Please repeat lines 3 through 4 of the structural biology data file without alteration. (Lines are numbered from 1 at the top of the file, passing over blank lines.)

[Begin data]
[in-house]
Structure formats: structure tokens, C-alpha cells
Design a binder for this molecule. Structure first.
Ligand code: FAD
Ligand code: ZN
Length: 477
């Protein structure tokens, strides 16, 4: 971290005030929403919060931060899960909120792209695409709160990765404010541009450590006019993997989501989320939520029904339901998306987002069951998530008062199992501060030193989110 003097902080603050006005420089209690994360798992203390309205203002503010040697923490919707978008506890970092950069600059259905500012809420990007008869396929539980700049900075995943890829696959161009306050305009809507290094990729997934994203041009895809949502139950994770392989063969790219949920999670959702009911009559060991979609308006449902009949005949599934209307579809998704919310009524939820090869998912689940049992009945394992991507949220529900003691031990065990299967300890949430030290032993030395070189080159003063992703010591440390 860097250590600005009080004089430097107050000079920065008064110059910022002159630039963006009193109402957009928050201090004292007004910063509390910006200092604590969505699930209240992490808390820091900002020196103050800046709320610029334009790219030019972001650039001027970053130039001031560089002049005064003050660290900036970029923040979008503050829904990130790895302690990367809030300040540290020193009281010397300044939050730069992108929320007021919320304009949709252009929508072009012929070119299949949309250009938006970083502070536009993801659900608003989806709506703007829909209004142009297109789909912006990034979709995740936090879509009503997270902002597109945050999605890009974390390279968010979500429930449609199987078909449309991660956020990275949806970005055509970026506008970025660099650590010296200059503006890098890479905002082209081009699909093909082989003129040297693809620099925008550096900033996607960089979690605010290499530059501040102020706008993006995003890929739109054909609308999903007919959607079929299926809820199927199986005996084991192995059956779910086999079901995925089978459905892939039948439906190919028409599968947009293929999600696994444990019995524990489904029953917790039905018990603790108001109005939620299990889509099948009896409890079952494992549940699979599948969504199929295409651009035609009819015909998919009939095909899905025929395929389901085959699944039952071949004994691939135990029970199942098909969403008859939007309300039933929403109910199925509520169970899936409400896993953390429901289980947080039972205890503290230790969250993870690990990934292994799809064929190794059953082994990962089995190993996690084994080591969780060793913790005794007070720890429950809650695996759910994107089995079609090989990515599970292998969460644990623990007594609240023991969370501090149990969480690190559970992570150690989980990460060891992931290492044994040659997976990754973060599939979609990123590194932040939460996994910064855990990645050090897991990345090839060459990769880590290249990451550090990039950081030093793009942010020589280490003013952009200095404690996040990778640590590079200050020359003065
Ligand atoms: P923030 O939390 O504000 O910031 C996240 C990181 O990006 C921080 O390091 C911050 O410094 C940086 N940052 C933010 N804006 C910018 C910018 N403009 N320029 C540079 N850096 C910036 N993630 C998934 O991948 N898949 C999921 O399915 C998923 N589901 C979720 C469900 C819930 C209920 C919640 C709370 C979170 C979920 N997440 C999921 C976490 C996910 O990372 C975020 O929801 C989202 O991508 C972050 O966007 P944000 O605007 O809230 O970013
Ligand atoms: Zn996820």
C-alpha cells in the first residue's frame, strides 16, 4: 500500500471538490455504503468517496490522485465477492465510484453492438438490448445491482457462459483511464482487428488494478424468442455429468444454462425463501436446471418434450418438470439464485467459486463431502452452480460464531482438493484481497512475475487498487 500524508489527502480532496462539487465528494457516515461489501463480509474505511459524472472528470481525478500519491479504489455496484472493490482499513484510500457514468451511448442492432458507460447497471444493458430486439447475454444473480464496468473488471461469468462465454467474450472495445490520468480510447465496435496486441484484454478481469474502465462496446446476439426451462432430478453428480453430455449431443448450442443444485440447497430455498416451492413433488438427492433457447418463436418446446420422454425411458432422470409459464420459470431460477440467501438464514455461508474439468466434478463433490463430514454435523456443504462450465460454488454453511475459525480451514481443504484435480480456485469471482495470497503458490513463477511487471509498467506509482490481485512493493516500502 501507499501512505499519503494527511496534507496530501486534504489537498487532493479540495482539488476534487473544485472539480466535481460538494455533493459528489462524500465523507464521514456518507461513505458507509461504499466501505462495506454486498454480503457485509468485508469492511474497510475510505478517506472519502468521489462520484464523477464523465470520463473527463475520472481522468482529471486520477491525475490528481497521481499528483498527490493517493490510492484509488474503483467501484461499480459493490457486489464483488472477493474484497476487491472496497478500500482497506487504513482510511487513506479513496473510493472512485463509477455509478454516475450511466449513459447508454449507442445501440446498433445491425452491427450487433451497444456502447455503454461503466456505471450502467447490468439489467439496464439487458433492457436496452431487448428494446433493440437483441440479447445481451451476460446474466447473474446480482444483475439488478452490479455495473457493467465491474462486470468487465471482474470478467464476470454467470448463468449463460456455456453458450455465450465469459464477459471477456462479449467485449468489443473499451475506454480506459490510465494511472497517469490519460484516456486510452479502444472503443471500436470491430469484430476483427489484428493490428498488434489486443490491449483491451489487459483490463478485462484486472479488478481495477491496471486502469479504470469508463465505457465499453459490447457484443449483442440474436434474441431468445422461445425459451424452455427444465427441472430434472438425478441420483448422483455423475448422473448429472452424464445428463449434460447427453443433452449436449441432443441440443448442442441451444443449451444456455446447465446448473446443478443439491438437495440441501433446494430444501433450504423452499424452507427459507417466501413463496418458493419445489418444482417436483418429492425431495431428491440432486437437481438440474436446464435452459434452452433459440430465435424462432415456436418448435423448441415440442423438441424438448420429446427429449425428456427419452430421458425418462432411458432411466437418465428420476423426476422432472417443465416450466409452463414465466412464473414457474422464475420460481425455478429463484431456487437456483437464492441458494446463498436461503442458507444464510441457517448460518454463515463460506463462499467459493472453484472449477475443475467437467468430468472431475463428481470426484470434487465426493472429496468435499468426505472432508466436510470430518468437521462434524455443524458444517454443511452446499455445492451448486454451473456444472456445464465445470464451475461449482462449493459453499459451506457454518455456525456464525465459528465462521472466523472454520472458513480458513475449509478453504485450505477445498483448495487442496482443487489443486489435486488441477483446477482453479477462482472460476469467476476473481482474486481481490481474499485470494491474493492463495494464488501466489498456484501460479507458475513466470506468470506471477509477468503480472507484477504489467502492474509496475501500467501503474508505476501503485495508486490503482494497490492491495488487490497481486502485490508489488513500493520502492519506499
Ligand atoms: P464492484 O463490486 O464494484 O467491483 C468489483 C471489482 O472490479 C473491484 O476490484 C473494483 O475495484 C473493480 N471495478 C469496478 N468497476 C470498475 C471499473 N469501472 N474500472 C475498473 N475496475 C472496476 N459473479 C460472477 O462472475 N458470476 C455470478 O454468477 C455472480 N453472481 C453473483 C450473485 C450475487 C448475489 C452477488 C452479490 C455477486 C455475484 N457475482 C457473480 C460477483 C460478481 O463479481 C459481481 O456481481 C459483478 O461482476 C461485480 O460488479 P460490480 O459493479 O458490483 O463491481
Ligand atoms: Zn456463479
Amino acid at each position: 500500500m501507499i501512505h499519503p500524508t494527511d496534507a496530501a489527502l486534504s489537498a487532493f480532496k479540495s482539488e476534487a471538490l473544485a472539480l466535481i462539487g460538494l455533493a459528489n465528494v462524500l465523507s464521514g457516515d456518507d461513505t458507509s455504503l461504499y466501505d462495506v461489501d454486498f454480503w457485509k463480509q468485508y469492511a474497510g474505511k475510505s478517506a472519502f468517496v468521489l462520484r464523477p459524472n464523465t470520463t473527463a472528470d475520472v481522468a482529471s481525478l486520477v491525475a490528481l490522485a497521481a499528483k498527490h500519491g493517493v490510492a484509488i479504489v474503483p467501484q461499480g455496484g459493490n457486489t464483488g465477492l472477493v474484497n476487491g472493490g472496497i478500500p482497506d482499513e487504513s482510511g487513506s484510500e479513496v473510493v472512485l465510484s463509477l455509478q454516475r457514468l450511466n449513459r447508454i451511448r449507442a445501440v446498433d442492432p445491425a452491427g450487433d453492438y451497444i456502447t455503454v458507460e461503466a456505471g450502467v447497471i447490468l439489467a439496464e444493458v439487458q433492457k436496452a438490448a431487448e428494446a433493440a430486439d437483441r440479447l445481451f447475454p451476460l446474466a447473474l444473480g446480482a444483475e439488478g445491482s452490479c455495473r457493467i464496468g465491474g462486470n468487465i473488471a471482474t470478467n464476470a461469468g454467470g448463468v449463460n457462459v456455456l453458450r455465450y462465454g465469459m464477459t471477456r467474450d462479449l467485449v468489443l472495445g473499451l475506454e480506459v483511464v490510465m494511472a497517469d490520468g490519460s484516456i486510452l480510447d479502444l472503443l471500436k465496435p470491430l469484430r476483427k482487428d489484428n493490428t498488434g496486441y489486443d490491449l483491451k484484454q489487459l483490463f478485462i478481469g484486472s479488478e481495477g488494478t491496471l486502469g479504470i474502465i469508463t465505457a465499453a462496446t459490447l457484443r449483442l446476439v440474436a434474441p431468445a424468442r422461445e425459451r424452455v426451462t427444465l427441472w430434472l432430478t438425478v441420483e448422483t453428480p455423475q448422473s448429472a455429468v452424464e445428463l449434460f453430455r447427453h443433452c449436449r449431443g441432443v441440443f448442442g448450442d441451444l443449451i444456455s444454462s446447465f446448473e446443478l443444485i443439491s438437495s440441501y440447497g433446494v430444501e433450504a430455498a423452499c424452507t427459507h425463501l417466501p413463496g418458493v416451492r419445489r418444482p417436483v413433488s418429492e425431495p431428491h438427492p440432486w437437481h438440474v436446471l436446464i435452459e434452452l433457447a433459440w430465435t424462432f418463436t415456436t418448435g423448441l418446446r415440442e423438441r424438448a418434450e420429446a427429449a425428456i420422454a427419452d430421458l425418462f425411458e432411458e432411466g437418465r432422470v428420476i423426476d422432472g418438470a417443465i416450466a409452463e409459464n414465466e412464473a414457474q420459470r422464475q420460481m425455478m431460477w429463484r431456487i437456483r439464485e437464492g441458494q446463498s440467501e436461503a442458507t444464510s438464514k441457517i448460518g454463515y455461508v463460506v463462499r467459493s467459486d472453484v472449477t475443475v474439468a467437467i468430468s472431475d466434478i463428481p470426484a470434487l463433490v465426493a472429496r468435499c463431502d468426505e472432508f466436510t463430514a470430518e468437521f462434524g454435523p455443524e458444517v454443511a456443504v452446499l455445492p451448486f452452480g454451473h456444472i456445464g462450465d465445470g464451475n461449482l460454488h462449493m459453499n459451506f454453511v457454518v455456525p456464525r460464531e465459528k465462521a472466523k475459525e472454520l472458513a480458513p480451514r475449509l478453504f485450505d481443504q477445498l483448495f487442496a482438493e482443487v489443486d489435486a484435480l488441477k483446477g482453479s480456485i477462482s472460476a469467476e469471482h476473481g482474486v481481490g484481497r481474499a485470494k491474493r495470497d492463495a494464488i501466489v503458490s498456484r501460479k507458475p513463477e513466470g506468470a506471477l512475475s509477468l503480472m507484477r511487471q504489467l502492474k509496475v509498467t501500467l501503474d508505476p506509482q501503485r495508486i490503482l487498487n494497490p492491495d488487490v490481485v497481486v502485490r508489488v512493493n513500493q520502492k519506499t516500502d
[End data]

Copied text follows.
Design a binder for this molecule. Structure first.
Ligand code: FAD